6. Don’t waste time on questions you don’t know. If there’s a question you’re unsure of, mark the question, and come back to it later. Once you have completed the entire exam or section, return to your marked questions, and give them some more thought. You may see something else later in the exam that jogs your memory. (If you’re taking a timed, multiple-choice test such as the NAVLE, enter a random guess on any marked questions before moving on. That way, if you don’t have time to revisit the question, you have at least some chance of getting a correct answer!) 

  7. On multiple choice questions, look for cues in the answer choices. If you see two answer choices that are opposites, one of those answers is likely the correct one. If you see any answers with very extreme wording, they are less likely to be correct. 

  8. Use the process of elimination. When you’re taking a multiple choice exam on paper, you may already be in the habit of crossing out wrong answers as you read through the answer choices. If you’re taking a computer-based exam, you can use a similar strategy. Set up a sheet of scratch paper with multiple rows of “A B C D.” Then, anytime that you come to a question you aren’t sure of, use one of those ABCD rows to cross off obviously incorrect choices. Having a visual way to eliminate less likely answer choices can help make these questions less challenging. 

  9. On true/false exams, look for vagueness instead of absolutes. Statements that contain absolutes, such as “always” or “never,” are less likely to be true. Statements that contain vague qualifiers, such as “frequently” or “rarely,” are more likely to be true. 

  10. Learn mental tools for getting your mind “unstuck.” When you’re taking an exam, especially one that you feel strongly about, it’s easy to enter an unproductive frame of mind. Whether you’re spiraling with anxiety or feeling like your mind has gone blank, relaxation and positive visualization can help.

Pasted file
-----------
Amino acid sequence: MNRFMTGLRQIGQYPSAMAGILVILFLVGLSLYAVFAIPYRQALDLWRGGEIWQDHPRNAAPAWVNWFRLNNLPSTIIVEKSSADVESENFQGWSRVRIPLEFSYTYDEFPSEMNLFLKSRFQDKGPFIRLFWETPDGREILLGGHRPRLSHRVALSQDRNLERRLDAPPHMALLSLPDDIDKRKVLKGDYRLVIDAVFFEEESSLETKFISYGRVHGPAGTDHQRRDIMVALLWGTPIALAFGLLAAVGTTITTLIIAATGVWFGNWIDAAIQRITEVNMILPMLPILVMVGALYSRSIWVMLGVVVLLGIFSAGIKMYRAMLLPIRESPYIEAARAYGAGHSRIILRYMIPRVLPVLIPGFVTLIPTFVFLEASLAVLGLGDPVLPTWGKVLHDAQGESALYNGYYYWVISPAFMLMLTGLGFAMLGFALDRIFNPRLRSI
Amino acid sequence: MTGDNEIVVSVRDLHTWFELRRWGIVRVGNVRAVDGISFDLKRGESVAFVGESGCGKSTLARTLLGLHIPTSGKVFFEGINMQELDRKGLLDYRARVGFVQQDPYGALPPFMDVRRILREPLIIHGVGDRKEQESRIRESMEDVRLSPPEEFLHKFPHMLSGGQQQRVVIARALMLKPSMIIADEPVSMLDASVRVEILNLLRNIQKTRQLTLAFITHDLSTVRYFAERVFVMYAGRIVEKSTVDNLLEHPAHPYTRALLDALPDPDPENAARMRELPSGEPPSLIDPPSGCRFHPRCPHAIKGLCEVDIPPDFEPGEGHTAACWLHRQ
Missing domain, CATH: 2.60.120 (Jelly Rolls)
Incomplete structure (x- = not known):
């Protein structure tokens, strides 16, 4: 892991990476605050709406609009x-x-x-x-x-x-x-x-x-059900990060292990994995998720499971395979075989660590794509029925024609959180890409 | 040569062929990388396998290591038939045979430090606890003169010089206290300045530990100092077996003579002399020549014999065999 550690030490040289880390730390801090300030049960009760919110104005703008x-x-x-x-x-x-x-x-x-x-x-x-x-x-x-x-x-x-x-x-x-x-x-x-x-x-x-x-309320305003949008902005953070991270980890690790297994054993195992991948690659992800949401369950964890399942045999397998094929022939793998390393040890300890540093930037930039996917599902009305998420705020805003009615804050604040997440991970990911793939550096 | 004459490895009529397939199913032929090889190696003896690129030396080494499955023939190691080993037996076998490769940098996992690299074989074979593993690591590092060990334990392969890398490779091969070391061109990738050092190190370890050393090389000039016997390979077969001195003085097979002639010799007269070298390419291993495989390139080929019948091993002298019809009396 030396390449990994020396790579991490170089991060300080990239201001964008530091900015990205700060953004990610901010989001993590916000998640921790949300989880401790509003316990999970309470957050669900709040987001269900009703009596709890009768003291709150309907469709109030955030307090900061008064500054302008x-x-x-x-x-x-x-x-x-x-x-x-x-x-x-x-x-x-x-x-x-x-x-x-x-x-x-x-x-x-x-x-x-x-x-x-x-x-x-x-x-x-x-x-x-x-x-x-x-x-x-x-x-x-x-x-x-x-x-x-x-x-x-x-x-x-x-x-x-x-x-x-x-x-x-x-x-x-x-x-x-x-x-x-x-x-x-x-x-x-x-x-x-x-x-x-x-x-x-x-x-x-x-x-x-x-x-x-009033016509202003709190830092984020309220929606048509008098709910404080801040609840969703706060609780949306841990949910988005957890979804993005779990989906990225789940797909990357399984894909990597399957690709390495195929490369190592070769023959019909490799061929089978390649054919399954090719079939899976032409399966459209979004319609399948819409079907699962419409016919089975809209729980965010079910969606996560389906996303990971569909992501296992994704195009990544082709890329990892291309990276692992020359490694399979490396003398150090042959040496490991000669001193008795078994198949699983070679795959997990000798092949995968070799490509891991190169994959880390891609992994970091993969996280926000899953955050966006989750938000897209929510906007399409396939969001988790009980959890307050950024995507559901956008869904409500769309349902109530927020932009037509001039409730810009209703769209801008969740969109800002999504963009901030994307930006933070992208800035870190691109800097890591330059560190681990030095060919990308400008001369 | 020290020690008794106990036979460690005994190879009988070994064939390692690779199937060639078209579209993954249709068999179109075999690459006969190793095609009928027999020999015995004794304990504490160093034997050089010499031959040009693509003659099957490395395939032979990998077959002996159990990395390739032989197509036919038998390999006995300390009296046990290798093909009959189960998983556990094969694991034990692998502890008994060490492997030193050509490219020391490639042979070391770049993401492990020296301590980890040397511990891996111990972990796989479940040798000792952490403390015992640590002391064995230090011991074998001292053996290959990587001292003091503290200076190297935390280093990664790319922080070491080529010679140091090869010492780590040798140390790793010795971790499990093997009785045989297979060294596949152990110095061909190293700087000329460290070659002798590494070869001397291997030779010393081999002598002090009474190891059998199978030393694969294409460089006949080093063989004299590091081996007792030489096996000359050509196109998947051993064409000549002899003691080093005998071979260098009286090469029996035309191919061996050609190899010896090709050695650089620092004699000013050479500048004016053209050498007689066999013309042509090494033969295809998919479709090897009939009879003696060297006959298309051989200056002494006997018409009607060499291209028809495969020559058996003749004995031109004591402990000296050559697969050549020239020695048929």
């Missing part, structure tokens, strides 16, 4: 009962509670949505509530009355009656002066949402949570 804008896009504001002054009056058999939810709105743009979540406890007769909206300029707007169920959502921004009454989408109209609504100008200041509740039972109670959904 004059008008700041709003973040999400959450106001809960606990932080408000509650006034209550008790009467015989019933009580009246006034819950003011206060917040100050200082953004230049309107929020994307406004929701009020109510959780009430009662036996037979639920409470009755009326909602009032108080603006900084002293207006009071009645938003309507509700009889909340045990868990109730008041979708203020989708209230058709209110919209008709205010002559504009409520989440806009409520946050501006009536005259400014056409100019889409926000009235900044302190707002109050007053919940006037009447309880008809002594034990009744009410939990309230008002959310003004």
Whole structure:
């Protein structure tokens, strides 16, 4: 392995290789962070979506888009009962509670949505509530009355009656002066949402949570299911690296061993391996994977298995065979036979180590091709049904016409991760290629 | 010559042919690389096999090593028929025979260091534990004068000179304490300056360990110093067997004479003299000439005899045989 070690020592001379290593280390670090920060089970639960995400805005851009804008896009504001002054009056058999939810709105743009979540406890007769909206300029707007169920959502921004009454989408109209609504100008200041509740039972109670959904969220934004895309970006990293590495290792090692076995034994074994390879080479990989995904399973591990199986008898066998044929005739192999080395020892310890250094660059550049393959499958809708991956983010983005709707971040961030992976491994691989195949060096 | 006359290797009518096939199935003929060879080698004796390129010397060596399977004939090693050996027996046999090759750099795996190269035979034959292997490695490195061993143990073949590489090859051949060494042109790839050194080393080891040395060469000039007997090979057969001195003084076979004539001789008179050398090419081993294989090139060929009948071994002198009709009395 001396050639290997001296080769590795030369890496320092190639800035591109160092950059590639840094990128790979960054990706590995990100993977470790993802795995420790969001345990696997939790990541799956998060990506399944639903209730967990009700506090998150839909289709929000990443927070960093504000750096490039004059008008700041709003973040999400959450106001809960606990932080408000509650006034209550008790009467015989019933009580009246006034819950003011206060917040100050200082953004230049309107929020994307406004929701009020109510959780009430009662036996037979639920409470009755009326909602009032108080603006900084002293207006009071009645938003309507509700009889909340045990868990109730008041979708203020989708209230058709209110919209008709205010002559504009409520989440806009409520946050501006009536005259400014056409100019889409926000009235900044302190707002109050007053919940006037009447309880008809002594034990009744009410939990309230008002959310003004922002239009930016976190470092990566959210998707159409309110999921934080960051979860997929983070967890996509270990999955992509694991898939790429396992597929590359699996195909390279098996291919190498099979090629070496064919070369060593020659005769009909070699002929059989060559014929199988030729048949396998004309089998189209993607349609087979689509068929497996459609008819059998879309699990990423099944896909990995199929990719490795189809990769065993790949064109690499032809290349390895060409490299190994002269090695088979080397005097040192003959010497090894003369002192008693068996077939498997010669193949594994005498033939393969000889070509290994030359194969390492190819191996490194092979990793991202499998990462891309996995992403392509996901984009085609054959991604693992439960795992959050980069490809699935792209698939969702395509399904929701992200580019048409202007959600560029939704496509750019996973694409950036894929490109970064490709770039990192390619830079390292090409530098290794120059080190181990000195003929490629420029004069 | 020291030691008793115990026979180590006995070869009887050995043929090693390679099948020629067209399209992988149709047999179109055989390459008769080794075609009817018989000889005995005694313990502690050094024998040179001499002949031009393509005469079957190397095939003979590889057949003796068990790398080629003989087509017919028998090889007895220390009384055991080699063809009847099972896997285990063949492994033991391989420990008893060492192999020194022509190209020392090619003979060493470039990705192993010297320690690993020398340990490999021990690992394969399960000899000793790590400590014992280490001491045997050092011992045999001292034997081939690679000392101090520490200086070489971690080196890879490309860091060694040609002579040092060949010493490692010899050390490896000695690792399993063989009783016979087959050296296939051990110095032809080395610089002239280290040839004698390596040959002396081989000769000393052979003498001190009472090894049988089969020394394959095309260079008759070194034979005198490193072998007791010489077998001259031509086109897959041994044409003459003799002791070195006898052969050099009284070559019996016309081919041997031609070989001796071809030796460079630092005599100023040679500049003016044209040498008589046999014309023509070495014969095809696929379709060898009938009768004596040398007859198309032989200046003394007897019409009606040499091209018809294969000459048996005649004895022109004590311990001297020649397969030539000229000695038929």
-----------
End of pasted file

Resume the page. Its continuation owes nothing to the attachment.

Before your exam, dedicate a few minutes to learning one or two of the following strategies: 

  • Deep breathing: Take deep breaths, in through your nose and out through your mouth, for approximately one minute. 
  • Progressive relaxation: Close your eyes and progressively clench and relax every part of your body. Begin at your feet, then proceed to your ankles, then your lower legs, and all the way up your body. Don’t forget about your arms and the muscles of your face. 
  • Guided imagery: Take a few deep breaths, close your eyes, and visualize yourself in your “happy place.” You may be on the beach, in a hammock in the mountains, swimming in a pool… whatever makes you feel calm and relaxed. Use this little one-minute “mini-vacation” to calm yourself down during your exam. 

Obviously, all of the strategies in the world can’t compensate for a failure to study. However, if you’re like most vet students, you probably have studied a good bit for any exam that comes your way. Now, you need to trust that the information is in your mind and focus on effective test-taking strategies in order to perform your best.

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Topics: NAVLE, Studying, Test Taking Tips